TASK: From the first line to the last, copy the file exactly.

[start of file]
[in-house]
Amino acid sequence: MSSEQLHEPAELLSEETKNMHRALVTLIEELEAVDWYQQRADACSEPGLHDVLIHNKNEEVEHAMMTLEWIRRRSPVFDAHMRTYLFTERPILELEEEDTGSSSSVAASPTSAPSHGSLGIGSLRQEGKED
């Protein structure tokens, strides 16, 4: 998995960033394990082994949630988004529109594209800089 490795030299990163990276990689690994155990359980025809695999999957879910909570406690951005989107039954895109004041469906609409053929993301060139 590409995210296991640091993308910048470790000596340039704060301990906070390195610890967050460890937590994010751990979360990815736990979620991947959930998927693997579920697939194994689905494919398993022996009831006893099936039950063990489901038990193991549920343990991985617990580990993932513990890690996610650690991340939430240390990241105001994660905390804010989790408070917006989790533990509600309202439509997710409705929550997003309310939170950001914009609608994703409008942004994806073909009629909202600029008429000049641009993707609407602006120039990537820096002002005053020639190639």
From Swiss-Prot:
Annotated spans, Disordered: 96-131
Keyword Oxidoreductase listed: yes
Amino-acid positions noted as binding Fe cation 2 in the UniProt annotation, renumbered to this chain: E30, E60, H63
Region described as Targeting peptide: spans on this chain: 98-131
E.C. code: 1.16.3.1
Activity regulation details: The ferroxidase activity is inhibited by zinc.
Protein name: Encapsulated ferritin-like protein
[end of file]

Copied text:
[in-house]
Amino acid sequence: MSSEQLHEPAELLSEETKNMHRALVTLIEELEAVDWYQQRADACSEPGLHDVLIHNKNEEVEHAMMTLEWIRRRSPVFDAHMRTYLFTERPILELEEEDTGSSSSVAASPTSAPSHGSLGIGSLRQEGKED
């Protein structure tokens, strides 16, 4: 998995960033394990082994949630988004529109594209800089 490795030299990163990276990689690994155990359980025809695999999957879910909570406690951005989107039954895109004041469906609409053929993301060139 590409995210296991640091993308910048470790000596340039704060301990906070390195610890967050460890937590994010751990979360990815736990979620991947959930998927693997579920697939194994689905494919398993022996009831006893099936039950063990489901038990193991549920343990991985617990580990993932513990890690996610650690991340939430240390990241105001994660905390804010989790408070917006989790533990509600309202439509997710409705929550997003309310939170950001914009609608994703409008942004994806073909009629909202600029008429000049641009993707609407602006120039990537820096002002005053020639190639």
From Swiss-Prot:
Annotated spans, Disordered: 96-131
Keyword Oxidoreductase listed: yes
Amino-acid positions noted as binding Fe cation 2 in the UniProt annotation, renumbered to this chain: E30, E60, H63
Region described as Targeting peptide: spans on this chain: 98-131
E.C. code: 1.16.3.1
Activity regulation details: The ferroxidase activity is inhibited by zinc.
Protein name: Encapsulated ferritin-like protein